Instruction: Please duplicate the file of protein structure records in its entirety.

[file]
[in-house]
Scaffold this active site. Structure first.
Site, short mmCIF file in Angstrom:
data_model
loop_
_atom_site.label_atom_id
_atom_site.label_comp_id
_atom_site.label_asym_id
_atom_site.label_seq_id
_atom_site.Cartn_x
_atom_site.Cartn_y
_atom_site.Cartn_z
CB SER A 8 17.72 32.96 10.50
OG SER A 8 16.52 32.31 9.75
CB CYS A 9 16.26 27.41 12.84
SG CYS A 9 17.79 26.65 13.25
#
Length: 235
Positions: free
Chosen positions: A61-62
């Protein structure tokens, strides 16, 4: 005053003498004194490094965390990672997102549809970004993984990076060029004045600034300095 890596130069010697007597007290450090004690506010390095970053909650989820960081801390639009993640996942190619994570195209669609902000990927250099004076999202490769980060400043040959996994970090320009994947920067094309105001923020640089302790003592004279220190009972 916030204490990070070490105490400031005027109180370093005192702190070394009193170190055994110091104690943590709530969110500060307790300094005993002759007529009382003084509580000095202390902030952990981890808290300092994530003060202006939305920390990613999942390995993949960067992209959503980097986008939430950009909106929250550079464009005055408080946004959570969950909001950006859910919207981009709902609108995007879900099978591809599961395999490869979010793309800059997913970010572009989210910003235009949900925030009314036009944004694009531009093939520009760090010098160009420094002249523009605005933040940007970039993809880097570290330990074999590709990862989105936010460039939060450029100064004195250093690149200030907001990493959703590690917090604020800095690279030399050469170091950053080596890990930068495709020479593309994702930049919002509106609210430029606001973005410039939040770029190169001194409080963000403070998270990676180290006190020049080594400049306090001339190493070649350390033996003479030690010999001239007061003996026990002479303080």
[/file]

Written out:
[in-house]
Scaffold this active site. Structure first.
Site, short mmCIF file in Angstrom:
data_model
loop_
_atom_site.label_atom_id
_atom_site.label_comp_id
_atom_site.label_asym_id
_atom_site.label_seq_id
_atom_site.Cartn_x
_atom_site.Cartn_y
_atom_site.Cartn_z
CB SER A 8 17.72 32.96 10.50
OG SER A 8 16.52 32.31 9.75
CB CYS A 9 16.26 27.41 12.84
SG CYS A 9 17.79 26.65 13.25
#
Length: 235
Positions: free
Chosen positions: A61-62
């Protein structure tokens, strides 16, 4: 005053003498004194490094965390990672997102549809970004993984990076060029004045600034300095 890596130069010697007597007290450090004690506010390095970053909650989820960081801390639009993640996942190619994570195209669609902000990927250099004076999202490769980060400043040959996994970090320009994947920067094309105001923020640089302790003592004279220190009972 916030204490990070070490105490400031005027109180370093005192702190070394009193170190055994110091104690943590709530969110500060307790300094005993002759007529009382003084509580000095202390902030952990981890808290300092994530003060202006939305920390990613999942390995993949960067992209959503980097986008939430950009909106929250550079464009005055408080946004959570969950909001950006859910919207981009709902609108995007879900099978591809599961395999490869979010793309800059997913970010572009989210910003235009949900925030009314036009944004694009531009093939520009760090010098160009420094002249523009605005933040940007970039993809880097570290330990074999590709990862989105936010460039939060450029100064004195250093690149200030907001990493959703590690917090604020800095690279030399050469170091950053080596890990930068495709020479593309994702930049919002509106609210430029606001973005410039939040770029190169001194409080963000403070998270990676180290006190020049080594400049306090001339190493070649350390033996003479030690010999001239007061003996026990002479303080």